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  • gaekwad2
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qtaacenc: a command-line QuickTime AAC encoder for Windows
Reply #75
Because, I assume, they use Replaygain which, unlike QuickTime's limiter, will prevent clipping without affecting dynamics (though, whether it makes an audible difference...).


ReplayGain cannot prevent clipping in this case. It can only work with what it's fed. If that is clipped, the data is gone.

We're talking about decoder clipping, right? Replaygain will prevent it (unless it's applied after converting the decoder's output to integer of course).

  • rpp3po
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qtaacenc: a command-line QuickTime AAC encoder for Windows
Reply #76
I didn't think about that. If the energy added by an encoders own filtering doesn't cause overflow, clipping should indeed not happen when decoding to float and then Quicktime's scaling would be unneeded. Does it also scale down if you convert the input to float before feeding it to Quicktime?

  • Alex B
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qtaacenc: a command-line QuickTime AAC encoder for Windows
Reply #77
Or is AAC unclippable if you output to float?

Yes.

In addition, usually the clipped peaks have an inaudibly short duration. I have not yet seen a successful ABX report or been able to personally ABX such clipping. For a valid test you would need to decode one sample to float and let another sample to clip and after that reduce the volume level of both files an equal amount so that the "float" file will not clip when it is converted to an integer bit depth.

Edit

I was incorrectly speaking about lossless vs lossy instead of two differently decoded versions of a lossy file. Fixed that.
  • Last Edit: 05 February, 2010, 03:10:36 PM by Alex B

  • lvqcl
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qtaacenc: a command-line QuickTime AAC encoder for Windows
Reply #78
It is possible to multiply input by 0.95 to prevent QT limiter from altering the signal.

Another method: decrease input by 1.505 dB, encode to AAC, then use aacgain to restore volume.

  • Alex B
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qtaacenc: a command-line QuickTime AAC encoder for Windows
Reply #79
... Besides, it's not always strong enough to prevent clipping anyway...

I too have noticed that.

For instance here are three samples from my archive.

The encoding settings
FLAC: -8
M4A: QT --tvbr 62 --highest
MP4: Nero -q 0.41
MP3: Lame -V5

  • Last Edit: 05 February, 2010, 03:24:30 PM by Alex B

  • rpp3po
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qtaacenc: a command-line QuickTime AAC encoder for Windows
Reply #80
It is possible to multiply input by 0.95 to prevent QT limiter from altering the signal.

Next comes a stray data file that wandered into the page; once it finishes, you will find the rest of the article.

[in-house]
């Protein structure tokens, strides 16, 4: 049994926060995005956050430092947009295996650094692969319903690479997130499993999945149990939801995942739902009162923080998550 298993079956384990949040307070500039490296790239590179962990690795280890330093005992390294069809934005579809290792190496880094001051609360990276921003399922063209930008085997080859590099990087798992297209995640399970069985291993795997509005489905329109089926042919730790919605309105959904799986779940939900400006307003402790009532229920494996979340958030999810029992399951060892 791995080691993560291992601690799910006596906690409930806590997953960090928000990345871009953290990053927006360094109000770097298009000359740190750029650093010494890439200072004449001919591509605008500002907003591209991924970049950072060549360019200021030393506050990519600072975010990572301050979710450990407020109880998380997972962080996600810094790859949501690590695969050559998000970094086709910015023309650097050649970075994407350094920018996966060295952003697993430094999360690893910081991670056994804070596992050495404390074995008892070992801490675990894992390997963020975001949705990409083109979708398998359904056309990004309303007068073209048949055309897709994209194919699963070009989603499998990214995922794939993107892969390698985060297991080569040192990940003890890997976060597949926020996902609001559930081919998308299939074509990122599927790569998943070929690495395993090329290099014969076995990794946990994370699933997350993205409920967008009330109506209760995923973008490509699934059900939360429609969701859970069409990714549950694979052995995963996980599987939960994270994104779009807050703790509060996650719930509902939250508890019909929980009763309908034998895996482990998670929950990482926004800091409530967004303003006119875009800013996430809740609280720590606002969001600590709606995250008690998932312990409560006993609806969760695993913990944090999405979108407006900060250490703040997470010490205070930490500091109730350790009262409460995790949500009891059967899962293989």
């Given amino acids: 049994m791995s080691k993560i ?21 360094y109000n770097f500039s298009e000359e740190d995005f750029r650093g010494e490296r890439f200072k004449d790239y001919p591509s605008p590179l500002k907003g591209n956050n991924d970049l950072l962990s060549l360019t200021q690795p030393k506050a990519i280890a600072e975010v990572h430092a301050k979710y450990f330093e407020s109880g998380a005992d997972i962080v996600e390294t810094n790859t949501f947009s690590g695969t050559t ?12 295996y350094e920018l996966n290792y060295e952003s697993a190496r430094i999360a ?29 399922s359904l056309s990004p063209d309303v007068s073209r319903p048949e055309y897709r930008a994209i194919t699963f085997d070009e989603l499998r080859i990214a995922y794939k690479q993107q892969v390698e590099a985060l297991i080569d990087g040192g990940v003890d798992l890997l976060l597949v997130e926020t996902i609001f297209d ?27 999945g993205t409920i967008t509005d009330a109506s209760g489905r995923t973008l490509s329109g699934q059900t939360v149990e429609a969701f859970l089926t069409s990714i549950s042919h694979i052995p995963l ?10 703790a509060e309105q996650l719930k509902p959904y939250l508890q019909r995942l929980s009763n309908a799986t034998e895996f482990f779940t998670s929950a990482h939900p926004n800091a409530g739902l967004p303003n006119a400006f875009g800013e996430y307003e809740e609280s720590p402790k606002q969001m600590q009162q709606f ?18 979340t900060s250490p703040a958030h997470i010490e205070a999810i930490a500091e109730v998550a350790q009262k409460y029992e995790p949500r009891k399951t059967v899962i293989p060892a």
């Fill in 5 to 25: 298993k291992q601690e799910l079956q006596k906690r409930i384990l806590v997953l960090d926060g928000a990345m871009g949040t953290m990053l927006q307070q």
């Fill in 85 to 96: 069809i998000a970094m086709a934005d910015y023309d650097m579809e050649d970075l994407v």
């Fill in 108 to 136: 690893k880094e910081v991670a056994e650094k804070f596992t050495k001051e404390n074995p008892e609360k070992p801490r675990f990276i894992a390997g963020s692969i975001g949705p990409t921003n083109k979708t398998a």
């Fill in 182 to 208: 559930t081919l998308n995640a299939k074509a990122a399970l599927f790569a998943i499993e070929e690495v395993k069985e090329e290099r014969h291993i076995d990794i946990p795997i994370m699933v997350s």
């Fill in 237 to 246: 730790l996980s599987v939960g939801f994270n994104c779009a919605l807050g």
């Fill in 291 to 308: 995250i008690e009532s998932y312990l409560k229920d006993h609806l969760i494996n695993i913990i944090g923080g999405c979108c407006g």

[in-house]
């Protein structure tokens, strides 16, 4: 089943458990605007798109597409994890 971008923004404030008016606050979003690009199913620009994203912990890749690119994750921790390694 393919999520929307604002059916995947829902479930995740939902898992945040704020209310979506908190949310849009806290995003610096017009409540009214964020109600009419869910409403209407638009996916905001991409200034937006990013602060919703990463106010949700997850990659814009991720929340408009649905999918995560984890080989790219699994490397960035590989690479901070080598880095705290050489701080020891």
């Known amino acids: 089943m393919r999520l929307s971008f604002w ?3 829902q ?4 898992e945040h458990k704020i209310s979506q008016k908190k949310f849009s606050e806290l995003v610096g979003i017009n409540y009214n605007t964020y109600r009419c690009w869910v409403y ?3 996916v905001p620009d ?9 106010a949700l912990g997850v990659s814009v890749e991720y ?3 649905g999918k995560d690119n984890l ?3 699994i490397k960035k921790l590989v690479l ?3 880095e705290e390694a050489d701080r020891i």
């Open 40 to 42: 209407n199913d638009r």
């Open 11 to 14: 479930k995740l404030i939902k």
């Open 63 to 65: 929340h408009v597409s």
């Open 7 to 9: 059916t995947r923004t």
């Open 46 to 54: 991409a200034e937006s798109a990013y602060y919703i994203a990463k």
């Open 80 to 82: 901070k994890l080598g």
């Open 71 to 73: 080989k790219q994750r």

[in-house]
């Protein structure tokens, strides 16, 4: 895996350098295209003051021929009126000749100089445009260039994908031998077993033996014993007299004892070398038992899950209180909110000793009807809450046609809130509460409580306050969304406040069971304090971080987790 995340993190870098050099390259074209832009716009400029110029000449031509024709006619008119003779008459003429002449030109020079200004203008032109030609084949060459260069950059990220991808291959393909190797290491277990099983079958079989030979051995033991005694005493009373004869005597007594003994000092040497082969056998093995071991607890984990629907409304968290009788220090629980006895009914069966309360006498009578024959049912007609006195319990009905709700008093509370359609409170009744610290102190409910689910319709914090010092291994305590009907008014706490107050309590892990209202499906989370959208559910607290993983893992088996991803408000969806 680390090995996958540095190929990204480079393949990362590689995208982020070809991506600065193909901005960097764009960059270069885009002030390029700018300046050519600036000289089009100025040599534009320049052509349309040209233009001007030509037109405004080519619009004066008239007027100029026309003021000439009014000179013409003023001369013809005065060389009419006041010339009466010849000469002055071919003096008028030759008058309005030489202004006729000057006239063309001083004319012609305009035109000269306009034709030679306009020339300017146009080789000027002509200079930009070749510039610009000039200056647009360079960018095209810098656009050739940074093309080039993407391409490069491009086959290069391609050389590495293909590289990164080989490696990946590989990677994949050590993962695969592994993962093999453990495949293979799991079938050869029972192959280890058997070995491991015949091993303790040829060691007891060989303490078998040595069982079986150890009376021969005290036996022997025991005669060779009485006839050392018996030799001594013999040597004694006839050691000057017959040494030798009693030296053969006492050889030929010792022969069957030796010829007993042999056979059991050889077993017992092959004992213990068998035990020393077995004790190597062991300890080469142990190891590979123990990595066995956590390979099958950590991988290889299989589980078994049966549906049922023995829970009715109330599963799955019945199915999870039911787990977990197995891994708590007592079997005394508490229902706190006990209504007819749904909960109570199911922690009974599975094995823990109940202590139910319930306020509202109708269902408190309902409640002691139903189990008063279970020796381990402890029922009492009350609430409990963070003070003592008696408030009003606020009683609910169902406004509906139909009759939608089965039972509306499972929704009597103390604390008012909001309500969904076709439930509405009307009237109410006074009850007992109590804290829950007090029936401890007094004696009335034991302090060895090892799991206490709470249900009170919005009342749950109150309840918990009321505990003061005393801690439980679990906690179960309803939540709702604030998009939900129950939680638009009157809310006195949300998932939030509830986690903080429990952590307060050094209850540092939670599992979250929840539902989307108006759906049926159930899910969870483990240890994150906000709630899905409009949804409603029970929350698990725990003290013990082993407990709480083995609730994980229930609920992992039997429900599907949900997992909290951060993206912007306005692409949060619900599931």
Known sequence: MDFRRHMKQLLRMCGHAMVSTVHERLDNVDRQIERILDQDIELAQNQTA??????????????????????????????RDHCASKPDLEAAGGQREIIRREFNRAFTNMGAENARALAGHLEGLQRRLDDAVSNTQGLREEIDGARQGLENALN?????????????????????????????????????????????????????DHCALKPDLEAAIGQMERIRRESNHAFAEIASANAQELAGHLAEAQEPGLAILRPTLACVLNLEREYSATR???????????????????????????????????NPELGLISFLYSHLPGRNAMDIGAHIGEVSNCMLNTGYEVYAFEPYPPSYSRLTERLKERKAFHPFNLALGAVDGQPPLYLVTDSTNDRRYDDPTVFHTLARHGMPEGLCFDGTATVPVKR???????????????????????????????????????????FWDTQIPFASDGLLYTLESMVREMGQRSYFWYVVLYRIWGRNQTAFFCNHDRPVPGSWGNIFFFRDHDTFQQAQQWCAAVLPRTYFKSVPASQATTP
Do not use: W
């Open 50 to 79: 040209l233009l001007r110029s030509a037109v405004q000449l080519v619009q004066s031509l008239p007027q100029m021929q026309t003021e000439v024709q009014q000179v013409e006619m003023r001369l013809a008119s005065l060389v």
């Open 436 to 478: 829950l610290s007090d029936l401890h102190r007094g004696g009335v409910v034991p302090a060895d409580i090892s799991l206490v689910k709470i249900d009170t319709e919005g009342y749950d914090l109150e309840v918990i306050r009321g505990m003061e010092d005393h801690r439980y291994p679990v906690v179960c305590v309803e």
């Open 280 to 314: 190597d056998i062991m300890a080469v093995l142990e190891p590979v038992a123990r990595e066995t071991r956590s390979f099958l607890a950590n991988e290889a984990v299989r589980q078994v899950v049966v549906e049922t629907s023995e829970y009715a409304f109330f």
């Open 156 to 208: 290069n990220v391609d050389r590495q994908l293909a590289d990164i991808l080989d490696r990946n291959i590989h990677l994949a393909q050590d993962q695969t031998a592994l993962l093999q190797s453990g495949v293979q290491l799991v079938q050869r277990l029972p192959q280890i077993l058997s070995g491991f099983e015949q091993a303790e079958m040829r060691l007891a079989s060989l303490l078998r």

Yes, though I think QT does not apply limiting, at worst attenuation. And I cannot even reproduce that. afconvert doesn't alter the -0.000001db sinus wave I feed it. The aac is just 0.05 db louder than the input WAV at the end.

I also doubt, that even if there was as much as 1db attenuation involved, that anyone of us could ABX it after ReplayGain had been applied.
  • Last Edit: 05 February, 2010, 03:41:44 PM by rpp3po

  • Alex B
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qtaacenc: a command-line QuickTime AAC encoder for Windows
Reply #81
BTW, all resulting bitrates in my screenshot are dubiously low for the encoded material - especially for the Merzbow sample, which is from the possibly loudest recorded track ever. It is almost like white noise at 0 dBFS as you may guess by checking the FLAC bitrate.

I would have expected the bitrates to be very high, but perhaps the encoders have some kind of built-in sanity checks and they fall back to using a nominal bitrate when the signal doesn't look like a sound that has normal variation.
  • Last Edit: 05 February, 2010, 03:48:54 PM by Alex B

  • gaekwad2
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qtaacenc: a command-line QuickTime AAC encoder for Windows
Reply #82
Does it also scale down if you convert the input to float before feeding it to Quicktime?

Yes.
I converted the FLACs to 32bit float wav files, then fed those directly to qtaacenc.
Foo_bitcompare couldn't find any difference between the resulting files and the ones converted with foobar.

  • rpp3po
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qtaacenc: a command-line QuickTime AAC encoder for Windows
Reply #83
Could you please upload 30 sec of a file, that gets attenuated, to the upload section? I'm unable to reproduce it.
  • Last Edit: 05 February, 2010, 03:57:37 PM by rpp3po

  • Alex B
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qtaacenc: a command-line QuickTime AAC encoder for Windows
Reply #84